Suggestions mothers had to reduce their concerns were mainly to provide more information tailored to the issues that they were concerned about and for improved communication with their HCPs to help them understand this information (Table 5). discount esomeprazole

Table 5. Ways to Reduce Concern

Information Availability

General need for information

“It [information] empowers you. It makes you feel like you have some control. We don’t have a lot of control over these vaccination issues [but] if you [could] have that information and that relationship [with your provider] then you feel like you have some control and you can make wise decisions”

More optimum timing of distribution

“When [your child is] called in and getting ready to get the shots you’re flustered with worrying about how to comfort the child…you’re not thinking about trying to read that information at the time. You need it ahead of time.”

“I’d [like the information] beforehand so 1 can be prepared for my questions [to my doctor].”

Improved Provider-Patient Communication

Healthcare providers treat parents like partners

“There should be more information that’s given by the doctors which would show a concern on their part. Basically showing we’re here trying to help you.”

“I’m not a medical professional. I’m a mom. [HCPs] need to…give me more information so that 1 can ask an intelligent question…at least for the medical professionals [need] to slow down…Slow down when you’re handling my child and slow down when you’re giving me the information about my child.”

Information Availability. One main reason mothers gave for their concerns was that little information about immunizations was provided to them. Not having access to information may have contributed to mothers feeling as if they “lacked control” during the immunization process. Mothers stated that getting information from a trusted source would make them feel more “empowered” and comfortable with making “informed decisions” about immunization. Mothers wanted information that addressed their concerns—information explaining the “side effects”, the “ingredients”, the “importance” of immunizations and “how to treat adverse events”. Most mothers suggested that the information be available at their child’s HCPs office. Additionally, mothers who had received information emphasized that the majority of the time they did not receive this information until the actual immunization visit, when they did not have time to focus on the materials. They suggested that the material be given out multiple times before their child was due for a vaccination. cialis super active online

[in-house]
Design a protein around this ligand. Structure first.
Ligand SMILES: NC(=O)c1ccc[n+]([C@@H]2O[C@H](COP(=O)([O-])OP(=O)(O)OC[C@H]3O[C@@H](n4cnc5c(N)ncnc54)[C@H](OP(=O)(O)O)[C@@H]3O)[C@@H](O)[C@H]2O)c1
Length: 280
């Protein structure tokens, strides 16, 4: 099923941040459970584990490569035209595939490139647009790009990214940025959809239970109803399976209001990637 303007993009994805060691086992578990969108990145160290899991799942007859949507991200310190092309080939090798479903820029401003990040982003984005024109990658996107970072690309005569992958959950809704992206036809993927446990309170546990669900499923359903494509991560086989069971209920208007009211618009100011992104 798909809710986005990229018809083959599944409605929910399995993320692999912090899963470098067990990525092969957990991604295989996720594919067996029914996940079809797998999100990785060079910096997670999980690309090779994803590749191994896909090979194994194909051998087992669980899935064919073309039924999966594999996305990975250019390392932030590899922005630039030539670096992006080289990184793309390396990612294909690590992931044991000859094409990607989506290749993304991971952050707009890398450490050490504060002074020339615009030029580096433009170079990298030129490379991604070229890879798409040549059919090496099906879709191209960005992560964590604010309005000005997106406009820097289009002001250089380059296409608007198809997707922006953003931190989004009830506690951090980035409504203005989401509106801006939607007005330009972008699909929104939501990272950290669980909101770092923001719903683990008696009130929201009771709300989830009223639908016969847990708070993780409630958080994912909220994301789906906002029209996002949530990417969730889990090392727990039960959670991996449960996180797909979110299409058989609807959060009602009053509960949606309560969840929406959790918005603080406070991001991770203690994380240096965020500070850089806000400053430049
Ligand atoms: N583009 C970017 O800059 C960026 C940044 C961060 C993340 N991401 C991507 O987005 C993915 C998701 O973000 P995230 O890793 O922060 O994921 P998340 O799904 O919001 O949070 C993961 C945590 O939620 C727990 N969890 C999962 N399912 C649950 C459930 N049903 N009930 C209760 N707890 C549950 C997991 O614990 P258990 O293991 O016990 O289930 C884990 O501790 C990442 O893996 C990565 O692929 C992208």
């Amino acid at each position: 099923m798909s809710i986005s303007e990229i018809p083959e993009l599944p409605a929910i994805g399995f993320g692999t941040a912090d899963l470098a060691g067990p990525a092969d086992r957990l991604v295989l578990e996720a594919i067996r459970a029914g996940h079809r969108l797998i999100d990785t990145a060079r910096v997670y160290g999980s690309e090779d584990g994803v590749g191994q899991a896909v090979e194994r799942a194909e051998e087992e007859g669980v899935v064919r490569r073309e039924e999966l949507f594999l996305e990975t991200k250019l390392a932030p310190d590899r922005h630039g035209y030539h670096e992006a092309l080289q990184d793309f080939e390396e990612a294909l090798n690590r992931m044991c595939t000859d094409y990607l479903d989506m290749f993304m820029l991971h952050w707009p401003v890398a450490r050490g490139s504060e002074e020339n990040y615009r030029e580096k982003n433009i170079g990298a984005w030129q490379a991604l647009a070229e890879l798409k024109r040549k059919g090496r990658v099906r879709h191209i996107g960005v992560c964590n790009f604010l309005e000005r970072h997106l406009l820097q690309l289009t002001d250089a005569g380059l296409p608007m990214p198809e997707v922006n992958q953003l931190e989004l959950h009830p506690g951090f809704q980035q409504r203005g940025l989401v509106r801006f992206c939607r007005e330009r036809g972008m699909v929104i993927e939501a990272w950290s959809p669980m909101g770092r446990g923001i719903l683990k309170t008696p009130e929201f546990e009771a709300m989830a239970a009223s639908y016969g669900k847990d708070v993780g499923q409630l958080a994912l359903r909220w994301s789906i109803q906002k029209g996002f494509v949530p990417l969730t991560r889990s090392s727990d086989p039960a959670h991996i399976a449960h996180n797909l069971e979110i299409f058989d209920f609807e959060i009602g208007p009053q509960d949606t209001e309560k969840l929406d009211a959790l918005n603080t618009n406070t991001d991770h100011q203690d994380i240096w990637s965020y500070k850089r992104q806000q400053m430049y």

Improved Provider-Patient Communication. Along with making information available to mothers, good provider-patient communication was also an essential component to addressing their concerns. Mothers wanted a feeling that their HCPs were willing to take the time to “help them” through the process in a way that they could easily understand. Again, mothers wanted information before their child’s immunization visit so that they could ask their HCPs “educated questions” and have a more useful discussion about any concerns they might have about immunizations.

Category: Main

Tags: African-American, immunization safety, mistrust, parental concerns